MoonHunter Sayeth 20181102


Game Guru-Thread Shepherd
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Techniques: The Narrator

We have all watched videos and heard "that perfect voice" do the voice over, narrating the scenes. We paid rapt attention to the right voice, with its perfect words, over those images. We have all suffered through the wrong narrator with the wrong dialog. We know the difference of perfect casting and good writing.

Most GMs do narration: The beginning of games, the beginning of scenes, during cut scenes, bits of description during the game, encyclopedia moments, and so on. This is different than just describing what is going on in a turn or scene; the interactions, where things are, who is where doing what, and such. These are big brush descriptions and details, with the occasional fine detail, all done at once so the players have to absorb it all before they can begin to interact.

In my opinion, narration needs to be done well or shouldn't be done at all. Thus why MoonHunter goes on and on about the riffing, the practice in front of the mirror, the planning for what is needed before it is needed at the table, how to embed description, short narrative bursts, and such, in the blog posts.
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Early on in my gaming career, my players realized something important. (Long before I did I confess.). My game had "a narrator". When MoonHunter was narrating, Hunter had a different tone of voice, a different syntax, maybe a bit of an accent, some very specific facial expressions and hand gestures, and so on. All the things one does when one is playing an NPC (and trying to make them distinctive). Without realizing it, I was playing an NPC... who happened to be the narrator for the chronicle.

Now I do "it" on purpose. The narrator for almost all my chronicles is "played by" Sir David Attenborough. I channel my inner Attenborough, copying as much as I can, when I am doing narration. This is The Actor Tool in action: find an actor and use them as a base for the character.

Now players know when I am narrating (generally useful) and when I am describing things or mechanics in play (using my Normal Voice).
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Did you notice the "almost all"?

I knew you did.

There was a period of time MoonHunter used James Earl Jones as my narrator. MoonHunter's voice was never "deep enough" to do it properly, but "My JEJ" made for a distinctive narrator. He did not stick around for long.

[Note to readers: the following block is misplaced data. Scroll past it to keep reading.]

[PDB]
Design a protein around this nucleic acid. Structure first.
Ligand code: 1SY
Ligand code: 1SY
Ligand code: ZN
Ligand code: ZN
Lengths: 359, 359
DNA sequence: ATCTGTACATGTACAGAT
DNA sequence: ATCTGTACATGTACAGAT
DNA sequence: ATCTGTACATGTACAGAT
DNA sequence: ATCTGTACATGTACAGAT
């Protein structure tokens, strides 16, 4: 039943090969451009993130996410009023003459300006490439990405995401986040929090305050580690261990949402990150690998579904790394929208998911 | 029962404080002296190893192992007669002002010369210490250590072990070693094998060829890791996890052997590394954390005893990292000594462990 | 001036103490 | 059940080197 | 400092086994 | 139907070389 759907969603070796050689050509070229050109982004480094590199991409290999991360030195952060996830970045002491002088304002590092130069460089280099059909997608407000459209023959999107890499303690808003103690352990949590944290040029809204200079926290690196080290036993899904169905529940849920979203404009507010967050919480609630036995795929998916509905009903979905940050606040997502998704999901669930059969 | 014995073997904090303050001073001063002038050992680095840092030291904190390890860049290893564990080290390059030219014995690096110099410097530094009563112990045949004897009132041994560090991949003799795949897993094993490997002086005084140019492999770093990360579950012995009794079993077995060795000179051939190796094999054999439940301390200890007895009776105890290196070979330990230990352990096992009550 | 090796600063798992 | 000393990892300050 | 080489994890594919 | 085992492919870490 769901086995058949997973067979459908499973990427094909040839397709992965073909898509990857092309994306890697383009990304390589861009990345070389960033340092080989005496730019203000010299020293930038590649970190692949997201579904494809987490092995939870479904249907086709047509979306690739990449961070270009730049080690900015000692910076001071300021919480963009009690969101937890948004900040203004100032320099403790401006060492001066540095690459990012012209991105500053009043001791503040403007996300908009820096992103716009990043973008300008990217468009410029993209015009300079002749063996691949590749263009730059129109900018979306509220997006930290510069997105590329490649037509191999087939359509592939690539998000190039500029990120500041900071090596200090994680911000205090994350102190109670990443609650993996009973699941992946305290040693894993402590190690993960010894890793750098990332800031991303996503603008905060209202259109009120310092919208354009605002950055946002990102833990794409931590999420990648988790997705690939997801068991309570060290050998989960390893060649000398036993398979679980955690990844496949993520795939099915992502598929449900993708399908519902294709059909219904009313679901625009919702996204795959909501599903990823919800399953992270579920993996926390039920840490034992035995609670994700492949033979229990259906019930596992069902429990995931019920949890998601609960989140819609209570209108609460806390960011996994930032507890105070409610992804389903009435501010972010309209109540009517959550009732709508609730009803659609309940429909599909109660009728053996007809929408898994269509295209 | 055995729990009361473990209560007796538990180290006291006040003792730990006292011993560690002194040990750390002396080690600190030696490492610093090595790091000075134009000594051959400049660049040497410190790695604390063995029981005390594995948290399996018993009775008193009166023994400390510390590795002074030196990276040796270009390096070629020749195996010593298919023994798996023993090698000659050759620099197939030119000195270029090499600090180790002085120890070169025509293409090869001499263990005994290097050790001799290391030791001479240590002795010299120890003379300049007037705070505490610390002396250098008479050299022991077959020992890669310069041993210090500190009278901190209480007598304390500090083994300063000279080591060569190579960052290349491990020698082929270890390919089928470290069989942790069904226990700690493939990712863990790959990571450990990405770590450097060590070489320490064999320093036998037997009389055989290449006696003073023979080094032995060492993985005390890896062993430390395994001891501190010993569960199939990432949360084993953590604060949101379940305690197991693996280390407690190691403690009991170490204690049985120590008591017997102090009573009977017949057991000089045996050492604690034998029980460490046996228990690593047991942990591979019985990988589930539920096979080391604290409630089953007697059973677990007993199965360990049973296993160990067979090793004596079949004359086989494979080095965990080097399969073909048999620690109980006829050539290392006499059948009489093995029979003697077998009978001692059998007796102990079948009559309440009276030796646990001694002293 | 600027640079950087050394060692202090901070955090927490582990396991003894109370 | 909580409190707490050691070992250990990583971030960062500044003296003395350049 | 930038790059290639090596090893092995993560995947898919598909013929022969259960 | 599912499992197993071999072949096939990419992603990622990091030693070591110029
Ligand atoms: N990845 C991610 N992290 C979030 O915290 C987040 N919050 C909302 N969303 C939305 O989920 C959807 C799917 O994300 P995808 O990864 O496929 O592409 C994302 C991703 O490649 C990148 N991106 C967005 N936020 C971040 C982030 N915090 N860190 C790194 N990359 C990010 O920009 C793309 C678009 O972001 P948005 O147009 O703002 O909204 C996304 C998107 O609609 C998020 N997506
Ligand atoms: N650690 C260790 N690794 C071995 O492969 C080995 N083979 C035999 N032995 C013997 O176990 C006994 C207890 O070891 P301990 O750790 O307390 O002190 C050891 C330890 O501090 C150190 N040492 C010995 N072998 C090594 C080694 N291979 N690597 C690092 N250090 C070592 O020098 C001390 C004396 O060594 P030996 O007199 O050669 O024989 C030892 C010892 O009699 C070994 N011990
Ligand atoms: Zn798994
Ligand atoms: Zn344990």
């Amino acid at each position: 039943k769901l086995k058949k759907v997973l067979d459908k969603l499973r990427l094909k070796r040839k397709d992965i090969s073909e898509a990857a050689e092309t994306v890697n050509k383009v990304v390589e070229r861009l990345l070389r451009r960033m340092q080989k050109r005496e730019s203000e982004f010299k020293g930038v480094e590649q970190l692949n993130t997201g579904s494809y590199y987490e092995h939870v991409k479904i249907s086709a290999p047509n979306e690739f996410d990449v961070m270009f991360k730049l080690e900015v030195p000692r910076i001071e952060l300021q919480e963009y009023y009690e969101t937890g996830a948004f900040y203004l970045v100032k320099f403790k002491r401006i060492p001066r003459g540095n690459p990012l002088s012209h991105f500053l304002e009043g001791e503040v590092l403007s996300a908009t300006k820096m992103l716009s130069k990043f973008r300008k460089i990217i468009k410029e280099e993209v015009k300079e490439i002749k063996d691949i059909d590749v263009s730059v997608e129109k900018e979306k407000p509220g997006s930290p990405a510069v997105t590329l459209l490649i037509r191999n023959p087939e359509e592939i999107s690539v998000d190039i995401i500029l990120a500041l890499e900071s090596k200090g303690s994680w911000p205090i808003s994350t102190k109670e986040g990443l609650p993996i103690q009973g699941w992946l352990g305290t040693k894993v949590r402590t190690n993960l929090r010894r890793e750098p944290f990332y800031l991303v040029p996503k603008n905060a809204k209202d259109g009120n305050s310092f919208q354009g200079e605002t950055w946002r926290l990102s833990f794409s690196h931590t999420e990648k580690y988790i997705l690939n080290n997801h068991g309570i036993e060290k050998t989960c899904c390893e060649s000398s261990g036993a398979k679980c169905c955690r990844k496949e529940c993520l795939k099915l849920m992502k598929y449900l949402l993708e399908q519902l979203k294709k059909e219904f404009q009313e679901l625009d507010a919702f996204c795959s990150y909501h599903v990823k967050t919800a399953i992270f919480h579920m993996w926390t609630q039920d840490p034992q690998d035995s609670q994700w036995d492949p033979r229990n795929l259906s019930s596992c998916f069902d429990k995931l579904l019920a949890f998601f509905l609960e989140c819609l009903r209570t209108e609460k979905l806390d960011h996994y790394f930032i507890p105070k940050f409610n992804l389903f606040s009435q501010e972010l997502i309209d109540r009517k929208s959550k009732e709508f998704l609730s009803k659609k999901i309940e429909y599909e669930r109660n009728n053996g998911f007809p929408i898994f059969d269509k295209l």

Personal preference was not the reason for a different narrator.

"That Perfect Voice" I mentioned earlier is the why?.

The genre, setting, the metaphor for the chronicle, tones and modes, all impact who is the best narrator for The Chronicle.

When I read horror stories and pieces (like Boo!), I often hear Vincent Price's voice. His voice is is permanently linked to the horror genre for most people. I use his voice and mannerisms during the horror segments of chronicles.

Rod Sterling is another great one for Horror or a game that is Out There.

Alfred Hitchcock (suspense), Patrick Stewart (anything really), Leonard Nimoy (any you are In Search Of), Jacques Cousteau (I am saving him for a Blue Planet or Dr Neptune run), Merlin/ Gandolf, Laurence Fishburne, Neo, Clint Eastwood (Westerns), Samuel L. Jackson, Stan Lee (for a comic chronicle), The Duke in an appropriate role, Common (rapper), Yoda, Dr Who (choose your incarnation wisely), are all examples of actors and/or characters that would make excellent narrators. Your list may vary, based on your play style and experience with various actors and NPC performance.

Authors also make good narrators. To keep the description consistent for the entire campaign, MoonHunter will often use a favorite author. One author forms the inspiration and the template for the voice of the campaign. Right before the game, I'll read a chapter or large chunk of one author, (Mercedes Lackey, Chris Claremont, Terry Brooks, Bendis, Joss Whedon, Peter David, Jim Butcher), so that I have an imprint on of how the author would describe scenes. It reinforces the "voice" of the campaign in my mind.

(The Author Narrator helps keep voice and style of the chronicle fresh in the mind of the GM.)

These Narrators do the The Big Cinematic Overview of the nearby environment at the beginning of The Session or a Scene. (Think of it as establishing shots that occur in TV and Movies, reminding the players of where they are and what is nearby. Yes Moon tends to use a television/ movie metaphor, so description is always in visual terms, like a movie shot. Note: the GM should always include some iconic element of the local setting and the name so it sticks in the players mind.) They do Encyclopedia Moments. They do summations (reviewing what happened in the last round (or few rounds) of combat or action. Narrators do have 101 uses; it is up to the GM to find the best ones for their chronicle.

Note: No matter what they do, the narration needs to be kept as short as possible, so troupe can focus on the chronicle at hand.
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The Narrator Technique is a great tool to provide a cleaner and clearer experience for players.
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